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The NIST is currently trying to select new standards for post-quantum cryptography. The two main categories for the candidates are "Public-key Encryption and Key-establishment Algorithms" and "Digital Signature Algorithms".

The signature algorithms are based on public-key encryption algorithms. Thus, why to separate these two categories ? Is it a matter of implementation, or of performance maybe ?

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The question's statement

The signature algorithms are based on public-key encryption algorithms

goes straight against accepted wisdom. Which is that signature and public-key encryption are separate beasts, and we know no way to build¹ the former from the later, or vice versa (while keeping the same key generation procedure, or efficiently; see comments).

This explains the two categories “Public-key Encryption and Key-establishment Algorithms” and “Digital Signature Algorithms”.


¹ Sure, we can build both kinds from trapdoor permutations. The standard examples are RSA signature like RSASSA-PSS and RSA encryption like RSAES-OAEP, both built from the textbook RSA trapdoor permutation of $[0,n)$ per $x\mapsto x^e\bmod n$. But there are many other useful constructions of signature and public-key encryption.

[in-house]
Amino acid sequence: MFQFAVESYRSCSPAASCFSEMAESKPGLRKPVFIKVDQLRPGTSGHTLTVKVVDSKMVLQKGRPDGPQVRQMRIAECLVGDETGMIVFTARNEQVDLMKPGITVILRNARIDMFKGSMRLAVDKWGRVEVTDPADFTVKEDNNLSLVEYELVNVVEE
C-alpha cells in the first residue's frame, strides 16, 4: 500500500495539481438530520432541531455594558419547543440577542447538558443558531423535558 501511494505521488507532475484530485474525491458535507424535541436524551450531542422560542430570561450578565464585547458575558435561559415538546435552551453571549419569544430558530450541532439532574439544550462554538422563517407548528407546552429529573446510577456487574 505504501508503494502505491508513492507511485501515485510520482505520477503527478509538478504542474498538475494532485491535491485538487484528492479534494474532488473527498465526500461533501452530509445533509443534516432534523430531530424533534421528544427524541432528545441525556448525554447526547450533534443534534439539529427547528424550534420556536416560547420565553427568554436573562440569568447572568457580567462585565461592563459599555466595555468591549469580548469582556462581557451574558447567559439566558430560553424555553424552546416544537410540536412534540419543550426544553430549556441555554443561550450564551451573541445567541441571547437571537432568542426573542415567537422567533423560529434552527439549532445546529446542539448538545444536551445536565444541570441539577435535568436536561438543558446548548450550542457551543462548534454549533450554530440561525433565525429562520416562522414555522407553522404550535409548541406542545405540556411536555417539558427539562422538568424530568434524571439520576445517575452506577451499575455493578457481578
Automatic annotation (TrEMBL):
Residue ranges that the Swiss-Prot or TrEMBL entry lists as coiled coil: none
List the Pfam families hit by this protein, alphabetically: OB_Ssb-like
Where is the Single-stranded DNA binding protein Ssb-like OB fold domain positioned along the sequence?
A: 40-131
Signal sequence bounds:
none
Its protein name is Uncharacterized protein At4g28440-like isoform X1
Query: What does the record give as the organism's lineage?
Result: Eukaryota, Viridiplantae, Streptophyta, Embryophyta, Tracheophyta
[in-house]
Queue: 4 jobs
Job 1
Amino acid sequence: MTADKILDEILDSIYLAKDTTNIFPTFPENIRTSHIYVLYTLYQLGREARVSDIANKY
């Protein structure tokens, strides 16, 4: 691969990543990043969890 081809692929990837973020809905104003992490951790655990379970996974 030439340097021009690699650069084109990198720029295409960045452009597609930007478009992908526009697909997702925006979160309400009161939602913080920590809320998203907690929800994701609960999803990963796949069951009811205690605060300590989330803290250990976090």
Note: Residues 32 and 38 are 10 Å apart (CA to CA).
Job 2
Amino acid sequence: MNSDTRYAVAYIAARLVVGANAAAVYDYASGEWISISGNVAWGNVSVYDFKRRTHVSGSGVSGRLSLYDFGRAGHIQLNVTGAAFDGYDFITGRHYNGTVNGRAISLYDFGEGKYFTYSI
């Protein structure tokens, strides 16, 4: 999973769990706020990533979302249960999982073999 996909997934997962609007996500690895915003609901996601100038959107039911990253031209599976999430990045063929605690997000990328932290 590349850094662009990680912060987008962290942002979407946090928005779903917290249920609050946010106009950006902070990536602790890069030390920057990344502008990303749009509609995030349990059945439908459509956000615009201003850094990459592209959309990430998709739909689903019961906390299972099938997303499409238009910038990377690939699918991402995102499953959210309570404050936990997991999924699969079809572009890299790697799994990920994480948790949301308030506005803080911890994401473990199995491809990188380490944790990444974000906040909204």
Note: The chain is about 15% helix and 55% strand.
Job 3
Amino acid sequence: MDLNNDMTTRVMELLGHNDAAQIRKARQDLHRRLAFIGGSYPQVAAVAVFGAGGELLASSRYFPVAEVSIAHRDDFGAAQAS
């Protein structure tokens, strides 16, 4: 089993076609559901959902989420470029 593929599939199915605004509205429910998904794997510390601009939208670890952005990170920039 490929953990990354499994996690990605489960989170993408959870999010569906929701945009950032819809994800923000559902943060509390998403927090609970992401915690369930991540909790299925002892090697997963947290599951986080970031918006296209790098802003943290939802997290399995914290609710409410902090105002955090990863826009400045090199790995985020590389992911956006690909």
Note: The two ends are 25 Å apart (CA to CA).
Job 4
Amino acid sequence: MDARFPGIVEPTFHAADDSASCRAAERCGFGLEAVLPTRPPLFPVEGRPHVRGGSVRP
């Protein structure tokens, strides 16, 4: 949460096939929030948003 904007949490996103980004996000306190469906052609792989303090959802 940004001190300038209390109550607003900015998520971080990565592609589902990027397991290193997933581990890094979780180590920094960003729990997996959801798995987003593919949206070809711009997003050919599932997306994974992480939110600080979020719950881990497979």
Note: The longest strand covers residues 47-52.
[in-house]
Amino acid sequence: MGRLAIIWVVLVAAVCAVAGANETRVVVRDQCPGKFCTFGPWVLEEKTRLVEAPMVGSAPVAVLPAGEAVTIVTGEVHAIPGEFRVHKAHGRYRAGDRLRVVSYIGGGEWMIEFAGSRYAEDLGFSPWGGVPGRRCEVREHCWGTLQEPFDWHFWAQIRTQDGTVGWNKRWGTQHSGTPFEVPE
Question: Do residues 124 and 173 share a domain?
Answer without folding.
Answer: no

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  • $\begingroup$ We do know how to generically construct signatures from PKE. Just not particularly efficiently. $\endgroup$
    – Maeher
    Commented Jun 26, 2022 at 14:26
  • $\begingroup$ @Maeher : is that with the same public/private key pair, or rebuild from scratch the way we can build hashes, then (kinda) signature ? $\endgroup$
    – fgrieu
    Commented Jun 26, 2022 at 15:47
  • $\begingroup$ No, not at all. It would be a Rube Goldbergesque construction using the key generation procedure as a OWF and building a signature scheme from that. (Crucially this does involve CRHF which we have basically no idea how to construct from general assumptions) This isn't useful, but it's in contrast to the other direction, where not even such a construction is known. $\endgroup$
    – Maeher
    Commented Jun 26, 2022 at 17:24
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Like fgrieu said, not all public-key algorithms are based on bijective trapdoor permutations.

If the standardization effort looked for a general-purpose bijective permutation, then we may very probably miss some special-purpose constructs that're more efficient when designed specifically for PKE/KEM or DSS.

I mean, designing something that fits the need of both functions may make the result significantly less efficient.

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